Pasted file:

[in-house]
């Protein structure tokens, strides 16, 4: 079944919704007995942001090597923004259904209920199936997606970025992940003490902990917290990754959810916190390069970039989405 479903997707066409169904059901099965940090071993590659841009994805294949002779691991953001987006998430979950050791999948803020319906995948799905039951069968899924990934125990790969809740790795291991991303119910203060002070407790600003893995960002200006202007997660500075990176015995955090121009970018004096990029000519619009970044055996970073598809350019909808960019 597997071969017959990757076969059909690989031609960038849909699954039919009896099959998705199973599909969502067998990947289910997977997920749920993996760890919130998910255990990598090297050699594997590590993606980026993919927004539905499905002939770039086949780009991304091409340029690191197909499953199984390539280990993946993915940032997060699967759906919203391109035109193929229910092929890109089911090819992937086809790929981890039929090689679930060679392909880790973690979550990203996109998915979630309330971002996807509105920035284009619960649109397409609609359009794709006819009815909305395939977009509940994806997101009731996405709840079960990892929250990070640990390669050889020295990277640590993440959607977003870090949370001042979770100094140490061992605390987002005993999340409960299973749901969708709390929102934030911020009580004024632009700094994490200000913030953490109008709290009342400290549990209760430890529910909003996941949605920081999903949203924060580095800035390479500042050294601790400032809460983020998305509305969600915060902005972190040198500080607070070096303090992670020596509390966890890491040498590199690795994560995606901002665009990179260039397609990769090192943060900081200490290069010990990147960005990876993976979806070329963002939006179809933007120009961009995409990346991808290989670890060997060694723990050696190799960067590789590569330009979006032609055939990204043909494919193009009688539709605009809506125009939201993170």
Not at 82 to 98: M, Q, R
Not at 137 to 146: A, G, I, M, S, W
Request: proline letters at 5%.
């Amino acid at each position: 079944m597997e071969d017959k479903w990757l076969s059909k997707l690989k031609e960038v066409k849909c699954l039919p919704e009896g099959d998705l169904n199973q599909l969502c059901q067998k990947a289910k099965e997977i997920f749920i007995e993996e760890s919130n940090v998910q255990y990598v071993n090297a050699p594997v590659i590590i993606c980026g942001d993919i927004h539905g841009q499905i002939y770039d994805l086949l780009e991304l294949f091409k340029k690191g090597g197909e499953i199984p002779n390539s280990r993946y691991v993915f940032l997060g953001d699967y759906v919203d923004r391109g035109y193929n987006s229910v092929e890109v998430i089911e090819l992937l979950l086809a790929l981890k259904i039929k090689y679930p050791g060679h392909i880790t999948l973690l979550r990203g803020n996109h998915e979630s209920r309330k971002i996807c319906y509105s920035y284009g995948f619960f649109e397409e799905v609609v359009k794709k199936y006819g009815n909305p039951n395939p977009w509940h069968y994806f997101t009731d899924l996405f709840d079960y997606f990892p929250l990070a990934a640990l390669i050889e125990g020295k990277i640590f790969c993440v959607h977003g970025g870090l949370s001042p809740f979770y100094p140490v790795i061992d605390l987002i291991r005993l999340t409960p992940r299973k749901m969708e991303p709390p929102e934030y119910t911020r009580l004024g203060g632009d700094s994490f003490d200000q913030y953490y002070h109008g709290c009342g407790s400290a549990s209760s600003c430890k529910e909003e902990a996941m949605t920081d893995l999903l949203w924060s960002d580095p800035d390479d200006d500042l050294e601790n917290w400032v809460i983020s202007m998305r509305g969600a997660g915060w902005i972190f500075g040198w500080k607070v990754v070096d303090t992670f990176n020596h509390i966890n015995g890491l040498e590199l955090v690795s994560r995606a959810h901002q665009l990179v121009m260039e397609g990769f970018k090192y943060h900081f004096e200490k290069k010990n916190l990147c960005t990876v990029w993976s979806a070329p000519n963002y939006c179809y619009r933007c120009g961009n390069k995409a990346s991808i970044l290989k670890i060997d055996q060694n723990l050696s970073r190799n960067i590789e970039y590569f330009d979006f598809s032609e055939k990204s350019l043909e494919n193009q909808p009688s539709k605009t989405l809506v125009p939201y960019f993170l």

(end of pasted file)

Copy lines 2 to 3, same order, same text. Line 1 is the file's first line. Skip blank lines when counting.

């Protein structure tokens, strides 16, 4: 079944919704007995942001090597923004259904209920199936997606970025992940003490902990917290990754959810916190390069970039989405 479903997707066409169904059901099965940090071993590659841009994805294949002779691991953001987006998430979950050791999948803020319906995948799905039951069968899924990934125990790969809740790795291991991303119910203060002070407790600003893995960002200006202007997660500075990176015995955090121009970018004096990029000519619009970044055996970073598809350019909808960019 597997071969017959990757076969059909690989031609960038849909699954039919009896099959998705199973599909969502067998990947289910997977997920749920993996760890919130998910255990990598090297050699594997590590993606980026993919927004539905499905002939770039086949780009991304091409340029690191197909499953199984390539280990993946993915940032997060699967759906919203391109035109193929229910092929890109089911090819992937086809790929981890039929090689679930060679392909880790973690979550990203996109998915979630309330971002996807509105920035284009619960649109397409609609359009794709006819009815909305395939977009509940994806997101009731996405709840079960990892929250990070640990390669050889020295990277640590993440959607977003870090949370001042979770100094140490061992605390987002005993999340409960299973749901969708709390929102934030911020009580004024632009700094994490200000913030953490109008709290009342400290549990209760430890529910909003996941949605920081999903949203924060580095800035390479500042050294601790400032809460983020998305509305969600915060902005972190040198500080607070070096303090992670020596509390966890890491040498590199690795994560995606901002665009990179260039397609990769090192943060900081200490290069010990990147960005990876993976979806070329963002939006179809933007120009961009995409990346991808290989670890060997060694723990050696190799960067590789590569330009979006032609055939990204043909494919193009009688539709605009809506125009939201993170």
Not at 82 to 98: M, Q, R